Primary cilia are shown to have membrane swelling, also known as ciliary bulbs. However, the role of these structures and their physiological relevance remains unknown. Here, it is reported that a ciliary bulb has extracellular vesicle (EV)‐like characteristics. The ciliary extracellular‐like vesicle (cELV) has a unique dynamic movement and can be released by mechanical fluid force. To better identify the cELV, differential multidimensional proteomic analyses are performed on the cELV. A database of 172 cELV proteins is generated, and all that examined are confirmed to be in the cELV. Repressing the expression of these proteins in vitro and in vivo inhibits cELV formation. In addition to the randomized heart looping, hydrocephalus, and cystic kidney in fish, compensated heart contractility is observed in both fish and mouse models. Specifically, low circulation of cELV results in hypotension with compensated heart function, left ventricular hypertrophy, cardiac fibrosis, and arrhythmogenic characteristics, which result in a high mortality rate in mice. Furthermore, the overall ejection fraction, stroke volume, and cardiac output are significantly decreased in mice lacking cELV. It is thus proposed that the cELV as a nanocompartment within a primary cilium plays an important role in cardiovascular functions.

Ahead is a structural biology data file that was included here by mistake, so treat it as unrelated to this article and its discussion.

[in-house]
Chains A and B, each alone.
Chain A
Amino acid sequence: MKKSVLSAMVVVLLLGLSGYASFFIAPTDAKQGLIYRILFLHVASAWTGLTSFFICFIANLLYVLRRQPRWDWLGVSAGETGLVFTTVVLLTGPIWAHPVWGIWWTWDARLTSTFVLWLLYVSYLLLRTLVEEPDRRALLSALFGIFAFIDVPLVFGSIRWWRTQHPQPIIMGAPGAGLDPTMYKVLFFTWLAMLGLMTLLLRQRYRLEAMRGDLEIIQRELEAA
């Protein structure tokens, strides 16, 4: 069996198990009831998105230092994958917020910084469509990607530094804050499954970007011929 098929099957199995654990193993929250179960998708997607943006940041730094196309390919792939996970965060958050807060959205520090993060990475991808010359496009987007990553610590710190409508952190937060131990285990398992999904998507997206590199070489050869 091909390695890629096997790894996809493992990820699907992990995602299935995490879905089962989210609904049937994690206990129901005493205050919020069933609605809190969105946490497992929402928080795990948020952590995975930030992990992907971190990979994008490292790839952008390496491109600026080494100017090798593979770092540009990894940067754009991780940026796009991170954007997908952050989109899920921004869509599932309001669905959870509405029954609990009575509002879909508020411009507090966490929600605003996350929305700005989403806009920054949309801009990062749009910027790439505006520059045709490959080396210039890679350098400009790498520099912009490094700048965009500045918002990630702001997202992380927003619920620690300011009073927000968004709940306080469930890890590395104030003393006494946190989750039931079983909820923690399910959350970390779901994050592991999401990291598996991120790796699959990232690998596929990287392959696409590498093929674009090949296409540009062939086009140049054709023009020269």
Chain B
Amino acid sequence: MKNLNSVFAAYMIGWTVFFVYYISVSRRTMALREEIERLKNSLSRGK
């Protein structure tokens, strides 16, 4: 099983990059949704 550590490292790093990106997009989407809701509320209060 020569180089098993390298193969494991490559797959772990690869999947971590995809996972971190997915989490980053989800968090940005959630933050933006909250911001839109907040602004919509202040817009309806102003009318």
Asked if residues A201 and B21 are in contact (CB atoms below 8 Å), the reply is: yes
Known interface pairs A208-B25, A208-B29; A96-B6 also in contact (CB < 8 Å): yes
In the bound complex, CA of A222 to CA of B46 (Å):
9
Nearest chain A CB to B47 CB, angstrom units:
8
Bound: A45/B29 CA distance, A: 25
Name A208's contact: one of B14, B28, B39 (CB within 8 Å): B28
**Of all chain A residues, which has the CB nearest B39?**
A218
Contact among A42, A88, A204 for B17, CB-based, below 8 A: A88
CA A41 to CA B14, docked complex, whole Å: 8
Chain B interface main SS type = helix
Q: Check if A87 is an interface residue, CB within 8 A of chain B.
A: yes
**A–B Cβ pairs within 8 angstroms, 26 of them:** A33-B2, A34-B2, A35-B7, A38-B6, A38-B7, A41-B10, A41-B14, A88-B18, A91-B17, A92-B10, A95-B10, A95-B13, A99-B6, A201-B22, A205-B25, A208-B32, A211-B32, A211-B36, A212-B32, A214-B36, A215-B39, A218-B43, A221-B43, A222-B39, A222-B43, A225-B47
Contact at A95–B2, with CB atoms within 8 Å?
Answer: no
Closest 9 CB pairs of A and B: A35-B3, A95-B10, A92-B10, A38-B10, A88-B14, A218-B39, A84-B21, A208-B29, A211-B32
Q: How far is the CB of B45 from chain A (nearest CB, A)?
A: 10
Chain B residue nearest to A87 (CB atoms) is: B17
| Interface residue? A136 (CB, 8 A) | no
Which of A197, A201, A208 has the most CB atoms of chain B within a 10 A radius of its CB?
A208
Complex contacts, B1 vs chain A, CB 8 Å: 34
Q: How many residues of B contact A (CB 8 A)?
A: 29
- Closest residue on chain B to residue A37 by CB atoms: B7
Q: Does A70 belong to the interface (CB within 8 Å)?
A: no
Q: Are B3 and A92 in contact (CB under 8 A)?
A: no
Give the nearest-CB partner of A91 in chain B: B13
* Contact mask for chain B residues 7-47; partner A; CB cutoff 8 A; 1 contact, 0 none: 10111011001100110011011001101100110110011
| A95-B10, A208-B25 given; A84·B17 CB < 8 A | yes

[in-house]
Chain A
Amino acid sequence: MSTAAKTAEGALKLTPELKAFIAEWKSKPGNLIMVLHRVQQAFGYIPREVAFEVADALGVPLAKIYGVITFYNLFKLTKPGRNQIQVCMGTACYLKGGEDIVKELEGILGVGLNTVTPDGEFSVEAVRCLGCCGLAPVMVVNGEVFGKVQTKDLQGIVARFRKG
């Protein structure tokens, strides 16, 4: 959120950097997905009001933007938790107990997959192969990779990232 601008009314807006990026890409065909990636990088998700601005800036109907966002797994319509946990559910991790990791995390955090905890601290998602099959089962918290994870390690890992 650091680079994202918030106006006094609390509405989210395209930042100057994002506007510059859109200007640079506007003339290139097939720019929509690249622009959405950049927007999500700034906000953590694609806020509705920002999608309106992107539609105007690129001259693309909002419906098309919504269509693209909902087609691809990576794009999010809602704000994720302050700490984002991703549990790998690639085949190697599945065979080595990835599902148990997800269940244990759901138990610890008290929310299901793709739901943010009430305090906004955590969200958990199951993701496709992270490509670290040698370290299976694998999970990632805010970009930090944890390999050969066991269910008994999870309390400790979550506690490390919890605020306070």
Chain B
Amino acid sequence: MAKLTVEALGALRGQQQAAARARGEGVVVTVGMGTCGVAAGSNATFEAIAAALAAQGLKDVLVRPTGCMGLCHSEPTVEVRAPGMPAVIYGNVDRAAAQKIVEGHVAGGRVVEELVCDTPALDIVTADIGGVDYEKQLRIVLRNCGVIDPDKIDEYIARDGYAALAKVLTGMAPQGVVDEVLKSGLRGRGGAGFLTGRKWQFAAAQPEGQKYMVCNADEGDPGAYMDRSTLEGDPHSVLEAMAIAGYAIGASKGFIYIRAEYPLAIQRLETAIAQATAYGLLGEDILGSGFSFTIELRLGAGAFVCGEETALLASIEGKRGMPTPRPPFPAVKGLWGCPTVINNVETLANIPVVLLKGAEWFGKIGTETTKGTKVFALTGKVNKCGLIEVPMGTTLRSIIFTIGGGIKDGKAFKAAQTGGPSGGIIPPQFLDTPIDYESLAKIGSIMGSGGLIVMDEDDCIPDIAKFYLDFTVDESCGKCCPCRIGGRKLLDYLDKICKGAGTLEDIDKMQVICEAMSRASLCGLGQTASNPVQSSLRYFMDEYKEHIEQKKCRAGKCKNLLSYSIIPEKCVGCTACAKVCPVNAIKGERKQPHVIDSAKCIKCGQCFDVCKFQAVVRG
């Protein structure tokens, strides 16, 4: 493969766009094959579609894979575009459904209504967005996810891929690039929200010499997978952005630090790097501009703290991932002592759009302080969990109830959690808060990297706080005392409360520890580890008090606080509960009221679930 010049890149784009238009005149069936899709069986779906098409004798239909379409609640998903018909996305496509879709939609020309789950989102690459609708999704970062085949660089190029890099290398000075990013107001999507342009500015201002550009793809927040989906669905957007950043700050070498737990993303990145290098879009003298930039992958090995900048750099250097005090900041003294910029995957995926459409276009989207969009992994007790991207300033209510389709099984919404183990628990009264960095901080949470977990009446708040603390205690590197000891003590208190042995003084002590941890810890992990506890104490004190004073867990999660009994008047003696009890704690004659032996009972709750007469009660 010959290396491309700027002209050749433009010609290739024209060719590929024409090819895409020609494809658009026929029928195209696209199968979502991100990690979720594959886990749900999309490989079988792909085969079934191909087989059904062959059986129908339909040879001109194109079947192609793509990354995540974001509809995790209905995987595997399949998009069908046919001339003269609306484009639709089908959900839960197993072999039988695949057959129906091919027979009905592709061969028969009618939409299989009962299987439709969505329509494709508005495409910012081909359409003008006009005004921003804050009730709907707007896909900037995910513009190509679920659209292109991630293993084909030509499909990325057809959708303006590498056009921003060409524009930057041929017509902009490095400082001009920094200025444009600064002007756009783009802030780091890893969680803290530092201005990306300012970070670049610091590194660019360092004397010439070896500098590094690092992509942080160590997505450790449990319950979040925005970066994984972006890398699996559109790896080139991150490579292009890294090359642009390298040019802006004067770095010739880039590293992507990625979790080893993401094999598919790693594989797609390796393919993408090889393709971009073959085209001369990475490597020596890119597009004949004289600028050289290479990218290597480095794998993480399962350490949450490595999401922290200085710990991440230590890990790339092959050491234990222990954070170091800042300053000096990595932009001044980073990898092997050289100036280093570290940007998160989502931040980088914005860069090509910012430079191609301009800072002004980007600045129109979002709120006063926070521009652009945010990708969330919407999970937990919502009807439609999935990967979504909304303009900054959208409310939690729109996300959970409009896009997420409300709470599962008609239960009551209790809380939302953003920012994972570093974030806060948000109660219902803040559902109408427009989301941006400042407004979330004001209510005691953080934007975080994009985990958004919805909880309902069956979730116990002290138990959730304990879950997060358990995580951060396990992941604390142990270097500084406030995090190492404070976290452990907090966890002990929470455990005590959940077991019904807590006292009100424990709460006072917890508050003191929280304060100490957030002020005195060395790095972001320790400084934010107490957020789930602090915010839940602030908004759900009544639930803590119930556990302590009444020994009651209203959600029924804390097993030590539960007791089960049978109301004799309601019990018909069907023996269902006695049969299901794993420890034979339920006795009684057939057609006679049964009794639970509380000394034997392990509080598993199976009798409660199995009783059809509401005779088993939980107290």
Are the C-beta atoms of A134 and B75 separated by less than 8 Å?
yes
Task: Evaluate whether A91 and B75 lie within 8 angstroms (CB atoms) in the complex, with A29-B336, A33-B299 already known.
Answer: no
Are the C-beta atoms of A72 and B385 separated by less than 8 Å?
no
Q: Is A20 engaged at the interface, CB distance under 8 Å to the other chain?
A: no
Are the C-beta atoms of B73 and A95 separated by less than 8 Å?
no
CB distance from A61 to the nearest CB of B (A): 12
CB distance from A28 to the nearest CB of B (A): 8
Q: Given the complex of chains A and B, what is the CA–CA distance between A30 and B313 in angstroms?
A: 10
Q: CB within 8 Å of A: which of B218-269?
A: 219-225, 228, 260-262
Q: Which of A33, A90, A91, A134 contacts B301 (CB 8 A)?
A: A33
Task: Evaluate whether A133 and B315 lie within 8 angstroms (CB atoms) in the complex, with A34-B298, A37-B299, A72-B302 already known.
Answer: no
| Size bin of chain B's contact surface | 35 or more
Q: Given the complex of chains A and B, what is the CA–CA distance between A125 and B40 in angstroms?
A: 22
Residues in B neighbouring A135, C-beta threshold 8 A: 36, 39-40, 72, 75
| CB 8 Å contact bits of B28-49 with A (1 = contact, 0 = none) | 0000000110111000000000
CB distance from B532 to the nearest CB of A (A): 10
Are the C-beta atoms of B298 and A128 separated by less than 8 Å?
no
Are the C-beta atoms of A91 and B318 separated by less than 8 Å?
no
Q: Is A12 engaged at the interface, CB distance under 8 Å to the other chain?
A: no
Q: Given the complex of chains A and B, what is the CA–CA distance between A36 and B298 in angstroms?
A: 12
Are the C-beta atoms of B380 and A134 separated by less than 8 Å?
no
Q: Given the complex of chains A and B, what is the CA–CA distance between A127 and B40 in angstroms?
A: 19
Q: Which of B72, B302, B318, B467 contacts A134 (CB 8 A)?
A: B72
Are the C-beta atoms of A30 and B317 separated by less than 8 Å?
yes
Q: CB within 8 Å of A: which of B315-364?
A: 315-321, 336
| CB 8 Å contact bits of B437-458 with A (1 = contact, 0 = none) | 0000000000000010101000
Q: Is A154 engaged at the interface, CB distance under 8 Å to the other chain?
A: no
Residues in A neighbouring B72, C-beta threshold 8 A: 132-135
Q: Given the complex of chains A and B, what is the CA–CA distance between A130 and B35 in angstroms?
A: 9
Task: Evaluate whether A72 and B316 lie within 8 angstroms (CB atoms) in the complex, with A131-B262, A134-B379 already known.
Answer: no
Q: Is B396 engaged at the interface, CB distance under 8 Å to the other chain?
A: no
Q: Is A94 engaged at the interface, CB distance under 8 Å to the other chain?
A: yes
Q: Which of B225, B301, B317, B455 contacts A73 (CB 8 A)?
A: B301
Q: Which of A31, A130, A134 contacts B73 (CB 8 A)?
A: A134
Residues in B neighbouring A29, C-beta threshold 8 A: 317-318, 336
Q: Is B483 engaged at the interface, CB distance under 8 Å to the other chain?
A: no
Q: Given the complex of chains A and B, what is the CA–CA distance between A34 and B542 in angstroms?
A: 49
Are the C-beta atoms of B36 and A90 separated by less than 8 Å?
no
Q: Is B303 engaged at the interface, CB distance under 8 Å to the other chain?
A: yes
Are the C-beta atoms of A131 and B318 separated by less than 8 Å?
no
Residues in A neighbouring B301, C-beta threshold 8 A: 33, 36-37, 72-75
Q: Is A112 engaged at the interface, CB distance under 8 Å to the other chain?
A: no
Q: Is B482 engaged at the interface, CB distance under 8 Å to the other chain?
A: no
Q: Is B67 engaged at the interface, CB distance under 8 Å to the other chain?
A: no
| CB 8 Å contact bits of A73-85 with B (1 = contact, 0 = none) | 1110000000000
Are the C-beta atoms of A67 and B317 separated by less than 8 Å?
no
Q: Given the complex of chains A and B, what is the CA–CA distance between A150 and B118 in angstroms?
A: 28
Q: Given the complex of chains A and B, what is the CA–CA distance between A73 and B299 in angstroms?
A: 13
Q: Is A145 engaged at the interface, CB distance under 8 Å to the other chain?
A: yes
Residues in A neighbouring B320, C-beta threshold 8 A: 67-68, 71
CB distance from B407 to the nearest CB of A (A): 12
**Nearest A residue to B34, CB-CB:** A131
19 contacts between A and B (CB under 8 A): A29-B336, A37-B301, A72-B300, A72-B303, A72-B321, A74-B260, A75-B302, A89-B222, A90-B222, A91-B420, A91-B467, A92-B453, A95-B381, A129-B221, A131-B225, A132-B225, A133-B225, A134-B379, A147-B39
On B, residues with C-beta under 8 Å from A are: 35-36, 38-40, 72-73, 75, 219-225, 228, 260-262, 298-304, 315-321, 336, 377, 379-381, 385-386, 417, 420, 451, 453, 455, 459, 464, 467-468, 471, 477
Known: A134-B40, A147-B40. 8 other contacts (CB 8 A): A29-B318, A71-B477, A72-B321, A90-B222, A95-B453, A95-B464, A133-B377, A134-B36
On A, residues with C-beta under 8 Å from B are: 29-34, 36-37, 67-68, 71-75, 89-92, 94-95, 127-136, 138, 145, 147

Mohieldin AM, Pala R, Sherpa RT, et al. Proteomic identification reveals the role of ciliary extracellular‐like vesicle in cardiovascular function. Adv. Sci. 2020. https://doi.org/10.1002/advs.201903140
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